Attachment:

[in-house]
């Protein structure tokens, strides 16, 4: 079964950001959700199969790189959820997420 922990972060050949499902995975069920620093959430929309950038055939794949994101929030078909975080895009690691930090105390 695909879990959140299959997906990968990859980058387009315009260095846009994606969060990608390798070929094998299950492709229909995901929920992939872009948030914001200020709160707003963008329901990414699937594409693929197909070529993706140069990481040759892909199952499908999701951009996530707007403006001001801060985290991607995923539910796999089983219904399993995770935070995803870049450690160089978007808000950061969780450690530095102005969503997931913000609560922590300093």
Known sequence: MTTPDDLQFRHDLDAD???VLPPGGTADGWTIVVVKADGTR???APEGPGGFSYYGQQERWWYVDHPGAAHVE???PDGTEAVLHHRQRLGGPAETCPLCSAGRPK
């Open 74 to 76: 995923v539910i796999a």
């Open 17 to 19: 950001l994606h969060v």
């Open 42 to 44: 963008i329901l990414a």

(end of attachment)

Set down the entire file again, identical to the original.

[in-house]
């Protein structure tokens, strides 16, 4: 079964950001959700199969790189959820997420 922990972060050949499902995975069920620093959430929309950038055939794949994101929030078909975080895009690691930090105390 695909879990959140299959997906990968990859980058387009315009260095846009994606969060990608390798070929094998299950492709229909995901929920992939872009948030914001200020709160707003963008329901990414699937594409693929197909070529993706140069990481040759892909199952499908999701951009996530707007403006001001801060985290991607995923539910796999089983219904399993995770935070995803870049450690160089978007808000950061969780450690530095102005969503997931913000609560922590300093």
Known sequence: MTTPDDLQFRHDLDAD???VLPPGGTADGWTIVVVKADGTR???APEGPGGFSYYGQQERWWYVDHPGAAHVE???PDGTEAVLHHRQRLGGPAETCPLCSAGRPK
């Open 74 to 76: 995923v539910i796999a």
């Open 17 to 19: 950001l994606h969060v």
């Open 42 to 44: 963008i329901l990414a």